HOW TO INCORPORATE

A Start-Up Helps You Incorporate

Start-ups always need to figure out a legal structure – it’s one of the most common questions asked early on in the formation of any company. Incorporation services veterans Nellie and Phil Akalp want to help you do that - with a personal touch.
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Start-ups always need to figure out a legal structure – it's one of the most common questions asked early on in the formation of any company. For many years this process has been available online from a host of vendors at different price points and levels of service.

At this year's Blog World Expo, I met up with Nellie Akalp, CEO and Founder of CorpNet Incorporation Services to understand how she differentiates her company, and to learn why she returned to this industry.

Akalp and her husband Phil were one of the originators of the idea of online incorporation, creating MyCorporation.com in 1997. The company was eventually acquired by Intuit and is now privately held again. Once the Akalps sold in 2005, they focused on raising their family and Nellie tried several other careers – including kickboxing instructor – before returning to the field she helped pioneer (once her non-compete ran out.)

'We looked around, and there wasn't a personal touch or hand holding when companies had questions,' said Akalp. 'We heard President Obama talking about the need for more small businesses to start-up, and we created CorpNet in July of 2009.'

CorpNet provides business incorporation services and filing services for entrepreneurs and small business owners looking to start a business, regardless of type. 'If an owner doesn't want to take the step to incorporate, we can help them create a fictitious name under which they can do business,' said Akalp. And once they're set up, CorpNet attempts to be a one-stop shop, helping owners protect, manage and keep business in compliance with all their legal obligations.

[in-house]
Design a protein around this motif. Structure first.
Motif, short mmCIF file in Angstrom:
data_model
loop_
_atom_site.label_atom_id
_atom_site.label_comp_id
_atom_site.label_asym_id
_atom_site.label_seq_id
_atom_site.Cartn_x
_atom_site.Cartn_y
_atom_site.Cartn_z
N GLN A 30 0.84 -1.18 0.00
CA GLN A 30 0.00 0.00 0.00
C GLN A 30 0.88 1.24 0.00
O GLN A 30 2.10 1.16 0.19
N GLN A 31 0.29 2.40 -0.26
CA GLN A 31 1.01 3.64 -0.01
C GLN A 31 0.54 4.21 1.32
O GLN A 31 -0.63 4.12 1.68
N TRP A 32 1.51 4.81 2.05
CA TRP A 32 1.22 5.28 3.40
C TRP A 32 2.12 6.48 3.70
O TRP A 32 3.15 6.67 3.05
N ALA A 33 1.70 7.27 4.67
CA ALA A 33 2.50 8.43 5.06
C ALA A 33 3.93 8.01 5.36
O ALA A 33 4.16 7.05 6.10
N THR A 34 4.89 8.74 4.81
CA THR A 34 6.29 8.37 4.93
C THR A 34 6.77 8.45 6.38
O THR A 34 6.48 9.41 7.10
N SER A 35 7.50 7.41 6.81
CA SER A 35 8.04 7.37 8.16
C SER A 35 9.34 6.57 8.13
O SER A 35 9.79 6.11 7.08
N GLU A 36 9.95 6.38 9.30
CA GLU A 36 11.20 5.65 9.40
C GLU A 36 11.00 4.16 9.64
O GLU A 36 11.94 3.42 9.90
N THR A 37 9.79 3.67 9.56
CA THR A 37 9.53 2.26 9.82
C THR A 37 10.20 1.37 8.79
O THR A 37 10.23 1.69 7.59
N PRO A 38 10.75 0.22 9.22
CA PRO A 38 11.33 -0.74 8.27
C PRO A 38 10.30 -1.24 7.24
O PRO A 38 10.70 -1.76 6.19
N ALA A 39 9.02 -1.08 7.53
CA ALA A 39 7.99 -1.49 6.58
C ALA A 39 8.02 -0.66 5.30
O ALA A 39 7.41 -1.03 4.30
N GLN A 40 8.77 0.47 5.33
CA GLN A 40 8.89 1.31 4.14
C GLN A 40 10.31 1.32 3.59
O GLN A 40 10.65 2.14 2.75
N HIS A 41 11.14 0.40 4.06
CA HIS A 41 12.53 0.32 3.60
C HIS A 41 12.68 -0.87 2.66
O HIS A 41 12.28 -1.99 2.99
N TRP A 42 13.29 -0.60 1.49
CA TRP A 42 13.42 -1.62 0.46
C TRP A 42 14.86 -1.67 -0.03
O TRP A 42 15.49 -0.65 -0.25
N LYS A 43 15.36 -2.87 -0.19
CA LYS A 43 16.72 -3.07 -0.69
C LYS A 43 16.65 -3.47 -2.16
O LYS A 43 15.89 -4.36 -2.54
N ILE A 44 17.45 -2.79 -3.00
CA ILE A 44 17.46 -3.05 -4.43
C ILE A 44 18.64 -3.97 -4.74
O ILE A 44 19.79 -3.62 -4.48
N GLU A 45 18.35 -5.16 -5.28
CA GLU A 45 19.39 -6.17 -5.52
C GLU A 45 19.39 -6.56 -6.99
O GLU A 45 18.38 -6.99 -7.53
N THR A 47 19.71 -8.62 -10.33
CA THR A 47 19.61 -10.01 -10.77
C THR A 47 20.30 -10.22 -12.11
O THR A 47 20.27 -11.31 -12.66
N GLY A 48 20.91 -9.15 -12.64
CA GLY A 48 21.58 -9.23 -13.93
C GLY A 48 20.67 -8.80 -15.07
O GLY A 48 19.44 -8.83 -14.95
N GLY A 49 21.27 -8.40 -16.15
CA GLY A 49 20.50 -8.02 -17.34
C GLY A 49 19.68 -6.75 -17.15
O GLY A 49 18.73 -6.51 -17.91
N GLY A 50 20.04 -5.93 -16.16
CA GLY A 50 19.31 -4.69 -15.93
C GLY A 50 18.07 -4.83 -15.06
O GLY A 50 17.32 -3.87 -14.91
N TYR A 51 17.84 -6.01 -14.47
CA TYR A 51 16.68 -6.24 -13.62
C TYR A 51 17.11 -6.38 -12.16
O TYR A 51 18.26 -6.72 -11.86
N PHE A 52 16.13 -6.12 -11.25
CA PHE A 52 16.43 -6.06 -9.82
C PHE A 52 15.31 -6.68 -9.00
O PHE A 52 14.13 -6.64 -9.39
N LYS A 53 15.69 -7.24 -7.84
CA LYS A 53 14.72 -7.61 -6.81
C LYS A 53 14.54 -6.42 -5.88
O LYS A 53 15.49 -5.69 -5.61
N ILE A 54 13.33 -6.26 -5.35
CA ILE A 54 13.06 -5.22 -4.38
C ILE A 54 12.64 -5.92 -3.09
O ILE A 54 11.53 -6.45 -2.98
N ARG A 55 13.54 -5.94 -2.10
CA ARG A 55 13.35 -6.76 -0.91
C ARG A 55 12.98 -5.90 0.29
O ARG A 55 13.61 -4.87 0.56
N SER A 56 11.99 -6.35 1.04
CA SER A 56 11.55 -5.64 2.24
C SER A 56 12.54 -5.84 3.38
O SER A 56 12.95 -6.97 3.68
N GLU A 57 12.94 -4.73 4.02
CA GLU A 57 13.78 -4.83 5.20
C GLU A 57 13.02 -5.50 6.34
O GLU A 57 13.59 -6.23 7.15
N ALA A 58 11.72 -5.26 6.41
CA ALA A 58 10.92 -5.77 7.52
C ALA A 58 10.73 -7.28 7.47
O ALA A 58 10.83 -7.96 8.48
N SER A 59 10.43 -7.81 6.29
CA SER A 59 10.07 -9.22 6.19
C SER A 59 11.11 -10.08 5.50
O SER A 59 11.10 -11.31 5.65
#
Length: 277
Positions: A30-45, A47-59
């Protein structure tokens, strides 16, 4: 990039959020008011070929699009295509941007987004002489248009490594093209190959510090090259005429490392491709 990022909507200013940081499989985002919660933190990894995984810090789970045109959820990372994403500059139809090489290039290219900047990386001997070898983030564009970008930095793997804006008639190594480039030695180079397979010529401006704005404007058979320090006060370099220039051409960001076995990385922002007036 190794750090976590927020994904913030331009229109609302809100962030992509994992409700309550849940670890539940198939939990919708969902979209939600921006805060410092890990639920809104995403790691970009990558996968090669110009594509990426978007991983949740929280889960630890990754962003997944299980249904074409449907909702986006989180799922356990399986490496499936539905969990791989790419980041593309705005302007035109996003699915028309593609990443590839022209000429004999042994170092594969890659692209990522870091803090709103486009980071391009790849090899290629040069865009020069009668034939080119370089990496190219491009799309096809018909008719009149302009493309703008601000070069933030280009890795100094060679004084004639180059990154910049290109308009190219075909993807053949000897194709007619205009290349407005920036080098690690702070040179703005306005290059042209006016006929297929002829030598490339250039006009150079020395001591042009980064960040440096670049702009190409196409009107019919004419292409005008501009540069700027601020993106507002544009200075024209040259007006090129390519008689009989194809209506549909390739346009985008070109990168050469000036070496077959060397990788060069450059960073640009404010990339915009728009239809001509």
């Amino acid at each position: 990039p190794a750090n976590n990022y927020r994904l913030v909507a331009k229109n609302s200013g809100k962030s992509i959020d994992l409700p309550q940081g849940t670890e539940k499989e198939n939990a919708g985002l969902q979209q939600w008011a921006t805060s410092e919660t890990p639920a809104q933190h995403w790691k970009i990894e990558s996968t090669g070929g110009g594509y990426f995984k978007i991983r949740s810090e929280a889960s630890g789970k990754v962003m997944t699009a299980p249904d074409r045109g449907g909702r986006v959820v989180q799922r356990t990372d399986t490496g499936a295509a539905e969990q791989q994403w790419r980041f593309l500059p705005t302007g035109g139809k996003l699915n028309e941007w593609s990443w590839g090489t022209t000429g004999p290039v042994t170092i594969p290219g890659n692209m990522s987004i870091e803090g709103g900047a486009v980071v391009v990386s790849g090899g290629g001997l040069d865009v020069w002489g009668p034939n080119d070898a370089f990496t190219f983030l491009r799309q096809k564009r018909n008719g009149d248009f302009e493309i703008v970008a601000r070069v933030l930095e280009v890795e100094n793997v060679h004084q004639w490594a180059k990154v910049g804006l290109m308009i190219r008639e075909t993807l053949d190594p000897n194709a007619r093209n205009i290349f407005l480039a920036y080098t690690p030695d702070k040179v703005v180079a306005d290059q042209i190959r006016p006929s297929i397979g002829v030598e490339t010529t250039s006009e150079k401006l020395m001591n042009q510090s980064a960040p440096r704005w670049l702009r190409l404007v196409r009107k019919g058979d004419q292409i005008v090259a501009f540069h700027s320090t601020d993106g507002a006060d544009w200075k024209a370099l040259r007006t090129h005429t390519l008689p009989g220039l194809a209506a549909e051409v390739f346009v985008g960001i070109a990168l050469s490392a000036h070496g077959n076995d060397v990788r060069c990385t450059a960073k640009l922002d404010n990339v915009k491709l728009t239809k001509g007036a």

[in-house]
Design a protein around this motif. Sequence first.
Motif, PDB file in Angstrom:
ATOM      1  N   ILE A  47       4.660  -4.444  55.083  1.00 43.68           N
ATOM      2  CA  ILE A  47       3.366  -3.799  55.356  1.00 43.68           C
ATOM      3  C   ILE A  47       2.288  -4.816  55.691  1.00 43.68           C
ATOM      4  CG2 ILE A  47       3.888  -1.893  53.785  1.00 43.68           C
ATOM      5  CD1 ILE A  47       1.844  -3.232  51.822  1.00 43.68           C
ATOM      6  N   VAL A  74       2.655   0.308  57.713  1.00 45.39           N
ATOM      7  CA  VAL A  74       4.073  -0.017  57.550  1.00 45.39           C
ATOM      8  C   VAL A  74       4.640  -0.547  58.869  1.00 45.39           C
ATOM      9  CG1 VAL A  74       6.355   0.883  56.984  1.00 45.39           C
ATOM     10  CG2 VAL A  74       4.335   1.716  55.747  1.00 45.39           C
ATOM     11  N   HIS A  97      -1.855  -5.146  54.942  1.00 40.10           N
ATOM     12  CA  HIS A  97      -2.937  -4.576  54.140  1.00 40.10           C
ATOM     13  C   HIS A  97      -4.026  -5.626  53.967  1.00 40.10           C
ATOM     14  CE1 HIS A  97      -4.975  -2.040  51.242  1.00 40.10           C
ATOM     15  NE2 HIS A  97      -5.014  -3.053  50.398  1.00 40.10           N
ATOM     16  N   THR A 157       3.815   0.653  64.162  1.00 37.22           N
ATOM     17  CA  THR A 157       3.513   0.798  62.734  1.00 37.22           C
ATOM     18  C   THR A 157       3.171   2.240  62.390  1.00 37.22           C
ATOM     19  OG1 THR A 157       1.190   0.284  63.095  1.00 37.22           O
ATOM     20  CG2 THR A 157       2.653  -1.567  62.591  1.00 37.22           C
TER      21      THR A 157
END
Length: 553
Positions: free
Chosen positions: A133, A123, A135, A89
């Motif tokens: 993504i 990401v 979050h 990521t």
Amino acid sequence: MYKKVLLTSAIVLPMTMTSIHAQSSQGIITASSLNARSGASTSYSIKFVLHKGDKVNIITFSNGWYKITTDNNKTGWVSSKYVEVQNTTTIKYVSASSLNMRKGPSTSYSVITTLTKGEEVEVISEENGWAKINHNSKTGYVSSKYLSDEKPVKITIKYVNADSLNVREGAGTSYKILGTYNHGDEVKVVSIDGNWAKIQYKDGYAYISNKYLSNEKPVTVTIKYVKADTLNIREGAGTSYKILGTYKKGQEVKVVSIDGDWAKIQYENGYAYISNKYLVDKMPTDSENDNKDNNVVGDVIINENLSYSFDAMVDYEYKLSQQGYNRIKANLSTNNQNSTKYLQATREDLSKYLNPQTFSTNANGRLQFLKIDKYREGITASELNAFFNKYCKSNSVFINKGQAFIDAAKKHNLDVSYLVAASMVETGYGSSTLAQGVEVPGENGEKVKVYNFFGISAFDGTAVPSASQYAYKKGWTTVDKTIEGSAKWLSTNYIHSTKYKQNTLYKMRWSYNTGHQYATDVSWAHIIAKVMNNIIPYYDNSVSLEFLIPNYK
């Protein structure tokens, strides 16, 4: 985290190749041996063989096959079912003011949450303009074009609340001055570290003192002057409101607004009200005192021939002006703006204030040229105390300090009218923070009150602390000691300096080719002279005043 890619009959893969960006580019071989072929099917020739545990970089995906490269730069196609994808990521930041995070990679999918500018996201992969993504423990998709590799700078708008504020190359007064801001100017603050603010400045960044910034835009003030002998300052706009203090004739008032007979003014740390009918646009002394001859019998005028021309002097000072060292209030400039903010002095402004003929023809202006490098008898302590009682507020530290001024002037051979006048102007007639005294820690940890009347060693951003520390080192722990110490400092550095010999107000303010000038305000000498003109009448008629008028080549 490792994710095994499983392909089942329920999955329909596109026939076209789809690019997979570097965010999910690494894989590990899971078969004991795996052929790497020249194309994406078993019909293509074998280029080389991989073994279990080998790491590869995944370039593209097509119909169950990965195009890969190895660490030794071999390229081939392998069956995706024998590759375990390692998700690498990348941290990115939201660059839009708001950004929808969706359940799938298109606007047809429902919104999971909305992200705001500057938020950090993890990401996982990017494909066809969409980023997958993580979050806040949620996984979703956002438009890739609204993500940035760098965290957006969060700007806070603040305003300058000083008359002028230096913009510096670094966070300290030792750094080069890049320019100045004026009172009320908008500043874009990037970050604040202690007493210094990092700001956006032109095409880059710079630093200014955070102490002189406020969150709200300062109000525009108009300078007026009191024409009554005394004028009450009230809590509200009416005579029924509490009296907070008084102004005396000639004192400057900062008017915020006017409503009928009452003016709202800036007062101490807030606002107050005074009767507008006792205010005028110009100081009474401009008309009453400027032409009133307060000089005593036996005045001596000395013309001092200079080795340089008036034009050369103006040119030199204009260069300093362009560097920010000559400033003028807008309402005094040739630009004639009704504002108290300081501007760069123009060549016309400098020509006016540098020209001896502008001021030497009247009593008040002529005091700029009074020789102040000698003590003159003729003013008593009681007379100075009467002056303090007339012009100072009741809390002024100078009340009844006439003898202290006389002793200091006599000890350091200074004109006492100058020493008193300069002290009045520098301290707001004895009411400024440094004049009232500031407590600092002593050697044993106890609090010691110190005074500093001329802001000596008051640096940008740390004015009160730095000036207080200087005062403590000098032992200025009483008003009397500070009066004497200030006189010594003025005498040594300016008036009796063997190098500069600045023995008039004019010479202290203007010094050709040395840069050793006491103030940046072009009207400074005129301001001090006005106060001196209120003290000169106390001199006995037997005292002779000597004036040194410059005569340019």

Interestingly enough, CorpNet also provides services for the Company Corporation, potentially one of their competitors. 'We have a partnership where we offer registered agent services through Company Corporation in all 50 states, and it is free for the first year.'

(You can learn more about a registered agent in Inc's Articles of Incorporation or Creating an LLC pages.)

CorpNet also provides another useful service for free – a name check. If you want to call your start-up 'Joe's Deli' they can search your state's database and tell you if other entities have already claimed that name, or reserve it for you. A full trademark search is $199. Additionally, CorpNet will help educate new business owners about this and other services, via phone, free. For example, CorpNet will talk you through the benefits of incorporation, the ins and outs of where and why to incorporate - but Akalp notes that for specific legal advice you must consult an attorney.

This 10-employee start-up is located in California, and is bootstrapped and growing organically. I asked Nellie what her biggest start-up mistake was, and she told me 'Spending lots of money on marketing without having a clear plan of action or clear business goals. When starting a business as a second time around I learned you can't pay to play. You can't just buy ads and expect business, and you can't just put a site up and wait. You have to network, engage with people and get out there.'

After spending almost $250K on advertising, Akalp changed marketing models, reaching out via social networking, engaging with clients on Facebook, Twitter, blogging, and sharing content. Since then, she reports, the company has taken a really positive turn.

Doing your research about your corporate structure and legal needs is important, and CorpNet may be one place to learn, in addition to your own legal counsel.

Where did you get effective advice about your company's structure? Let us know in the comments below.

Quick side note: I've been named to the board of advisers at the South by SouthWest (SXSW) Accelerator program for tech start-ups. If you have a new tech start-up and are looking for visibility read more.

Last updated: Oct 27, 2010




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